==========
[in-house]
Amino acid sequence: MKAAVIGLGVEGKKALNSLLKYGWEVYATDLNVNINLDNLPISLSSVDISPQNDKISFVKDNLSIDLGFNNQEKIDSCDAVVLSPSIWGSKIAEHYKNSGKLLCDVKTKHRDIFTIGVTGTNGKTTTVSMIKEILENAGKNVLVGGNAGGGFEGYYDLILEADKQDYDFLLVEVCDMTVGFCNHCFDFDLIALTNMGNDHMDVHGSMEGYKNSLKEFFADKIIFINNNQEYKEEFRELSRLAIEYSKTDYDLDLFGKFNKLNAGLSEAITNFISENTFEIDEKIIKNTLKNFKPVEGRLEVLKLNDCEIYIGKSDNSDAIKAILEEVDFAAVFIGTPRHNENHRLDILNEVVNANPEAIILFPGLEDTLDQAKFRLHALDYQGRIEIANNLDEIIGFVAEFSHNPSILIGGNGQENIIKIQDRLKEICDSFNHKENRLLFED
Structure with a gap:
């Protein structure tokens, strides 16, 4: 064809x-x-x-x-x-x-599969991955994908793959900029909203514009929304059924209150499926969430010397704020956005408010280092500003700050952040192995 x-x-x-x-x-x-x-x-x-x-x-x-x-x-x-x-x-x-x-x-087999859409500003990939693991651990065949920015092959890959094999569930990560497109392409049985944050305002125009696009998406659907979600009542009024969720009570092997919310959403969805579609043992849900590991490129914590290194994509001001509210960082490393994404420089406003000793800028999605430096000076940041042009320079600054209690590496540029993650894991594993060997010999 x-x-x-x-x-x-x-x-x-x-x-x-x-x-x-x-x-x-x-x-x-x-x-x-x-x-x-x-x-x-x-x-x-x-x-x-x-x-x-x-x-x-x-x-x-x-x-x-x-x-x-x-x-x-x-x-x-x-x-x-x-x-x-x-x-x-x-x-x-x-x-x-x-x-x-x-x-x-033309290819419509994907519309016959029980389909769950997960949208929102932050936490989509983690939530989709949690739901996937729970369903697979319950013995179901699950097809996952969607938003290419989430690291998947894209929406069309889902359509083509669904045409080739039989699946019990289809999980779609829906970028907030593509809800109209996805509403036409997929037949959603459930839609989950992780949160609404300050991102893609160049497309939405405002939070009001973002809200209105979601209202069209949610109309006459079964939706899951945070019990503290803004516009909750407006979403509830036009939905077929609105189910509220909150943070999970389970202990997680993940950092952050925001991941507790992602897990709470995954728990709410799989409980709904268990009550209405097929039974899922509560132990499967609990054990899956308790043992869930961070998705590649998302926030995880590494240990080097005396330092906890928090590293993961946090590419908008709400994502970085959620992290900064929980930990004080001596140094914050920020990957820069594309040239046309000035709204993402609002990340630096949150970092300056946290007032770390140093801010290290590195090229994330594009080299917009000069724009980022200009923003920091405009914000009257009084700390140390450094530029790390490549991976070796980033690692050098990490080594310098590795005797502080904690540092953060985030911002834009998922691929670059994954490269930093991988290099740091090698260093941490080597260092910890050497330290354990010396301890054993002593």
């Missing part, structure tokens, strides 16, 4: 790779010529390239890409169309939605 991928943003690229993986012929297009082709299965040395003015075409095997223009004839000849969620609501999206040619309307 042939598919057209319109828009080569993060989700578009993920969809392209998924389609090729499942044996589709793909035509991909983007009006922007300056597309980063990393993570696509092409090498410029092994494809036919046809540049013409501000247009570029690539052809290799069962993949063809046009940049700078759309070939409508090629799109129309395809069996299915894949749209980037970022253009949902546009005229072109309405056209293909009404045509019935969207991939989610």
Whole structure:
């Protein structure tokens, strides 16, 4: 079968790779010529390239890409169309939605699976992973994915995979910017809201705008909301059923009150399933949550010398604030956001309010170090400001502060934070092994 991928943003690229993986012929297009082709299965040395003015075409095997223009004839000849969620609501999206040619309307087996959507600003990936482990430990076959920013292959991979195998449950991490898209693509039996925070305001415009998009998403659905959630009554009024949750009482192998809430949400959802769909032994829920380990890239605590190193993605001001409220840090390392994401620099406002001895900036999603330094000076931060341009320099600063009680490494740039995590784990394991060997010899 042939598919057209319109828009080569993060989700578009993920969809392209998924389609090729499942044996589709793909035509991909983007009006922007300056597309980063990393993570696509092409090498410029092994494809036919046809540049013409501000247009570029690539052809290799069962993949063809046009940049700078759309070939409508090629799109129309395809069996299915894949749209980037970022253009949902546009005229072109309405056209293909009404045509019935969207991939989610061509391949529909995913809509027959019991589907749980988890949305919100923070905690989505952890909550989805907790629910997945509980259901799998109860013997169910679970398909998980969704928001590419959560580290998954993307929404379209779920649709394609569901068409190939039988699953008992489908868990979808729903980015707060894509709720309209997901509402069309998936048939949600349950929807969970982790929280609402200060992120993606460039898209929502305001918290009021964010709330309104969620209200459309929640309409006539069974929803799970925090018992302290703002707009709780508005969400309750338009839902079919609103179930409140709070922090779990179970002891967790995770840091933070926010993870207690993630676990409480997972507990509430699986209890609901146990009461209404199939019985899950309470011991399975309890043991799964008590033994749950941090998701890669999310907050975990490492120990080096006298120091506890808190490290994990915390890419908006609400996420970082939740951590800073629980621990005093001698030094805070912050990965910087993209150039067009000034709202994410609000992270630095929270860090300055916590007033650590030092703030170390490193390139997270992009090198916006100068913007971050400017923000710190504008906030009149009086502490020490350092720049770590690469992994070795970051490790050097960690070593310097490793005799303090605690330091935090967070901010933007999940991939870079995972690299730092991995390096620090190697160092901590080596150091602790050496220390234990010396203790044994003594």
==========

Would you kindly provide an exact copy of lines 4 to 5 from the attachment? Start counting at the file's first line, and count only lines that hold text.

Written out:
């Protein structure tokens, strides 16, 4: 064809x-x-x-x-x-x-599969991955994908793959900029909203514009929304059924209150499926969430010397704020956005408010280092500003700050952040192995 x-x-x-x-x-x-x-x-x-x-x-x-x-x-x-x-x-x-x-x-087999859409500003990939693991651990065949920015092959890959094999569930990560497109392409049985944050305002125009696009998406659907979600009542009024969720009570092997919310959403969805579609043992849900590991490129914590290194994509001001509210960082490393994404420089406003000793800028999605430096000076940041042009320079600054209690590496540029993650894991594993060997010999 x-x-x-x-x-x-x-x-x-x-x-x-x-x-x-x-x-x-x-x-x-x-x-x-x-x-x-x-x-x-x-x-x-x-x-x-x-x-x-x-x-x-x-x-x-x-x-x-x-x-x-x-x-x-x-x-x-x-x-x-x-x-x-x-x-x-x-x-x-x-x-x-x-x-x-x-x-x-033309290819419509994907519309016959029980389909769950997960949208929102932050936490989509983690939530989709949690739901996937729970369903697979319950013995179901699950097809996952969607938003290419989430690291998947894209929406069309889902359509083509669904045409080739039989699946019990289809999980779609829906970028907030593509809800109209996805509403036409997929037949959603459930839609989950992780949160609404300050991102893609160049497309939405405002939070009001973002809200209105979601209202069209949610109309006459079964939706899951945070019990503290803004516009909750407006979403509830036009939905077929609105189910509220909150943070999970389970202990997680993940950092952050925001991941507790992602897990709470995954728990709410799989409980709904268990009550209405097929039974899922509560132990499967609990054990899956308790043992869930961070998705590649998302926030995880590494240990080097005396330092906890928090590293993961946090590419908008709400994502970085959620992290900064929980930990004080001596140094914050920020990957820069594309040239046309000035709204993402609002990340630096949150970092300056946290007032770390140093801010290290590195090229994330594009080299917009000069724009980022200009923003920091405009914000009257009084700390140390450094530029790390490549991976070796980033690692050098990490080594310098590795005797502080904690540092953060985030911002834009998922691929670059994954490269930093991988290099740091090698260093941490080597260092910890050497330290354990010396301890054993002593």
């Missing part, structure tokens, strides 16, 4: 790779010529390239890409169309939605 991928943003690229993986012929297009082709299965040395003015075409095997223009004839000849969620609501999206040619309307 042939598919057209319109828009080569993060989700578009993920969809392209998924389609090729499942044996589709793909035509991909983007009006922007300056597309980063990393993570696509092409090498410029092994494809036919046809540049013409501000247009570029690539052809290799069962993949063809046009940049700078759309070939409508090629799109129309395809069996299915894949749209980037970022253009949902546009005229072109309405056209293909009404045509019935969207991939989610």